As shown, the loose yarns 18 may be made of any material known in the art including flat nylon ground yarn, a cotton yarn, a bare elasthane, an elastomeric yarn, a nylon elasthane, a polyester, a polyester elasthane, spandex, wool, silk, linen, or any combinations thereof. Preferably, the loose yarns 18 are the same material that forms the knitted section 14.

Each loose yarn 18 has a base portion 28 that is connected to the border 20 of the knitted section 14. The base portion 28 is shown as portion of each loose yarn 18 that is contiguous with the last knitted stitch in the knitted section 14 or border 20. The end 26 is a portion of each loose yarn 18 opposite the base portion 28. Each loose yarn 18 also has a length 30. The length 30 is defined by measuring each loose yarn 18 from the base portion 28 to the end 26.

In prior art blank openings, the openings have yarn extending from the opening with each of the yarns having different and random lengths with a relatively larger difference in length between the loose yarns adjacent to one another. This different and random lengths of the prior art blanks is unacceptable, and produces a jagged appearance and necessitates the trimming operation. Referring to FIG. 3, preferably the shaped blank 12 has the loose yarns 18 each having a length 30 that is uniform. Uniform is defined as each loose yarn 18 of the number of loose yarns 18 having substantially the same length 30. Preferably, the length 30 of the loose yarns 18 are identical so the fringe 24 does not necessitate any trimming. Thus, the uniformity in the length 30 provides for an overall clean and neat appearance of the fringe 24.

In another less preferable embodiment shown in FIG. 4, the fringe 24 may be made from loose yarns 18 that are not all strictly uniform in length. In this less preferable embodiment, the fringe 24 has the loose yarns 18 with a length that allows the fringe to be attractive and neat since the length 30 is formed in a range. The range allows the fringe to appear attractive and neat, thus not necessitating any trimming. The fringe 24 has loose yarns 18 with a maximum length 32 and a minimum length 33. Preferably, the maximum length 32 of the loose yarn 18 is about two centimeters and the minimum length 33 of the loose yarn 18 is about one half centimeter.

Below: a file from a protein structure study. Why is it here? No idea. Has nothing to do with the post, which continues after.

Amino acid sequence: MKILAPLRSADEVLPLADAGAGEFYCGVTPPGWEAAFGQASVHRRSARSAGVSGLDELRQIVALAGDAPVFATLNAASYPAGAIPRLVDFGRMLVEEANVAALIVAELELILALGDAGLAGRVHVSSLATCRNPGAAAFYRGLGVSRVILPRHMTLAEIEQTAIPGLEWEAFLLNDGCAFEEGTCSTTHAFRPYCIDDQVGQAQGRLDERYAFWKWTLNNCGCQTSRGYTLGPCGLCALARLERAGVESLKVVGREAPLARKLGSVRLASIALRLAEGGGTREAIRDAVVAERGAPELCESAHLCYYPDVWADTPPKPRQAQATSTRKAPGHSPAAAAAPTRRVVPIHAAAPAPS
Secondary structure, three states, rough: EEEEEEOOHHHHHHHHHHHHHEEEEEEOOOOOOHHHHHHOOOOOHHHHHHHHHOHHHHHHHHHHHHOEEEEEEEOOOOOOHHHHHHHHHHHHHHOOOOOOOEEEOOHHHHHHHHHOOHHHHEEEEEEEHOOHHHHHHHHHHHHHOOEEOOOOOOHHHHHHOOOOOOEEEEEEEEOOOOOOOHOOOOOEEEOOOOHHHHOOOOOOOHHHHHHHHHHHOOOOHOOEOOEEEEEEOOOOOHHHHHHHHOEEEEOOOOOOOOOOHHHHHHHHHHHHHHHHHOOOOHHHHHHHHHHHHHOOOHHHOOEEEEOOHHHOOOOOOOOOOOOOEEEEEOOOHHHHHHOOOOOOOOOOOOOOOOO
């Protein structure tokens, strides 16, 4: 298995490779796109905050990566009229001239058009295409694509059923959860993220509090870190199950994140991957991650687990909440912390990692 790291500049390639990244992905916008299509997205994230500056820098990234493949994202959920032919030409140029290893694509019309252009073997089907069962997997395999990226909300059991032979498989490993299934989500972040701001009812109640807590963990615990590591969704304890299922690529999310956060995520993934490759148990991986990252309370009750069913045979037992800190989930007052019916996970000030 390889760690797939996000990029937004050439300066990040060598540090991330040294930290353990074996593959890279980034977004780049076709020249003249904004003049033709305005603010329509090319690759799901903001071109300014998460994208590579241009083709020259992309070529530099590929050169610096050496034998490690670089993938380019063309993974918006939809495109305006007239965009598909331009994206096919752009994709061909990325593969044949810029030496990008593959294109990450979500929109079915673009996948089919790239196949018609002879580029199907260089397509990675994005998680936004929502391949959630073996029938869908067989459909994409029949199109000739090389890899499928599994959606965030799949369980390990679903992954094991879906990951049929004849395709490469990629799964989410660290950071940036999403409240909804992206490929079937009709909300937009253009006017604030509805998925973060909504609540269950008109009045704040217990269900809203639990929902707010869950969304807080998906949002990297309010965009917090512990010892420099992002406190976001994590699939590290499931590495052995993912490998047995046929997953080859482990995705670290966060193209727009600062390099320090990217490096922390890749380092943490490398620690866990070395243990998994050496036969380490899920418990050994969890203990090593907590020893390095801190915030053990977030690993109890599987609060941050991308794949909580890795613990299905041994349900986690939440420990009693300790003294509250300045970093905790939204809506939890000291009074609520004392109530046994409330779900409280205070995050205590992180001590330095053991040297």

In still another less preferred embodiment, the fringe 24 has loose yarns 18 with the length being defined by a ratio of a longest yarn to a shortest yarn or the maximum length 32 to the minimum length 33. This ratio is preferably calculated by dividing the maximum length 32 by the minimum length 33 and is preferably in a range that includes between about 4.0 and about 1.0. In still another embodiment, the ratio may be in a range that includes between about 2.0 to about 1.0.

Referring to FIG. 5, in another embodiment, the fringe 24 has loose yarns 18 with the length 30 being formed according to a first line of demarcation 34. In this embodiment, the loose yarns 18 may all be formed with the length 30 that does not exceed the first line of demarcation 34. In another embodiment, the loose yarns 18 may be formed with the length 30 that is the same as the first line of demarcation 34.

The first line of demarcation 34 preferably is at about two centimeters away from the border 20 of each loose yarn 18. In still another embodiment, the first line of demarcation 34 may be indicative of the maximum length plus or minus an error of substantially all the loose yarns 18 collectively at the fringe 24. However, one skilled in the art should appreciate that the first line of demarcation 34 may be any length known in the art to impart a clean and neat overall appearance to the fringe 24 and the opening 16 of the shaped blank 12.